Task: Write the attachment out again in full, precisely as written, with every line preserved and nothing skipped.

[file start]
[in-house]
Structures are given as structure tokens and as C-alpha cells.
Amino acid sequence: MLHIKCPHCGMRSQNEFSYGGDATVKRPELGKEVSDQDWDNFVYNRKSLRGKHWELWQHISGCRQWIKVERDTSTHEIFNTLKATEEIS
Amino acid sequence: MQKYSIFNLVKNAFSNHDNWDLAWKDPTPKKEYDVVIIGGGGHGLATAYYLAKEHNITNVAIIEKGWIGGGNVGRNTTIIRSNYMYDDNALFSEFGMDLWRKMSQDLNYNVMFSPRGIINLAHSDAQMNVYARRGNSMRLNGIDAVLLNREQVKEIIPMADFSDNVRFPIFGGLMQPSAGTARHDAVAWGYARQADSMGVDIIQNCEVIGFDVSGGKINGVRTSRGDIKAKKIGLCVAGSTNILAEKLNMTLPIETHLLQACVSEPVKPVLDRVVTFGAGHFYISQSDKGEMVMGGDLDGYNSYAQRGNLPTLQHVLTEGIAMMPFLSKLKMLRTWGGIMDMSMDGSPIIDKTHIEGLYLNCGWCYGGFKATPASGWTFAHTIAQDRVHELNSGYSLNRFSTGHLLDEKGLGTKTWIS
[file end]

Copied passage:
[in-house]
Structures are given as structure tokens and as C-alpha cells.
Amino acid sequence: MLHIKCPHCGMRSQNEFSYGGDATVKRPELGKEVSDQDWDNFVYNRKSLRGKHWELWQHISGCRQWIKVERDTSTHEIFNTLKATEEIS
Amino acid sequence: MQKYSIFNLVKNAFSNHDNWDLAWKDPTPKKEYDVVIIGGGGHGLATAYYLAKEHNITNVAIIEKGWIGGGNVGRNTTIIRSNYMYDDNALFSEFGMDLWRKMSQDLNYNVMFSPRGIINLAHSDAQMNVYARRGNSMRLNGIDAVLLNREQVKEIIPMADFSDNVRFPIFGGLMQPSAGTARHDAVAWGYARQADSMGVDIIQNCEVIGFDVSGGKINGVRTSRGDIKAKKIGLCVAGSTNILAEKLNMTLPIETHLLQACVSEPVKPVLDRVVTFGAGHFYISQSDKGEMVMGGDLDGYNSYAQRGNLPTLQHVLTEGIAMMPFLSKLKMLRTWGGIMDMSMDGSPIIDKTHIEGLYLNCGWCYGGFKATPASGWTFAHTIAQDRVHELNSGYSLNRFSTGHLLDEKGLGTKTWIS